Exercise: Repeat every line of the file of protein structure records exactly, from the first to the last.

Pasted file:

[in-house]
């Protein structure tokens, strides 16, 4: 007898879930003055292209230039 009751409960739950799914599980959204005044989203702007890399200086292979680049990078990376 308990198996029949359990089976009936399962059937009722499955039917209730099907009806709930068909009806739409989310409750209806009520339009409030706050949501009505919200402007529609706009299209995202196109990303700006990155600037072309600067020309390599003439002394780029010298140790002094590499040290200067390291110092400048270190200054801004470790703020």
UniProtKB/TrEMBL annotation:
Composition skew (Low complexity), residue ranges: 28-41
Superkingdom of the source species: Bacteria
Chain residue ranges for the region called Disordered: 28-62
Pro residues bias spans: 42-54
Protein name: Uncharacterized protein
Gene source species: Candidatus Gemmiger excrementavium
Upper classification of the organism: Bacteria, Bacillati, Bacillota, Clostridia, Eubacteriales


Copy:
[in-house]
């Protein structure tokens, strides 16, 4: 007898879930003055292209230039 009751409960739950799914599980959204005044989203702007890399200086292979680049990078990376 308990198996029949359990089976009936399962059937009722499955039917209730099907009806709930068909009806739409989310409750209806009520339009409030706050949501009505919200402007529609706009299209995202196109990303700006990155600037072309600067020309390599003439002394780029010298140790002094590499040290200067390291110092400048270190200054801004470790703020």
UniProtKB/TrEMBL annotation:
Composition skew (Low complexity), residue ranges: 28-41
Superkingdom of the source species: Bacteria
Chain residue ranges for the region called Disordered: 28-62
Pro residues bias spans: 42-54
Protein name: Uncharacterized protein
Gene source species: Candidatus Gemmiger excrementavium
Upper classification of the organism: Bacteria, Bacillati, Bacillota, Clostridia, Eubacteriales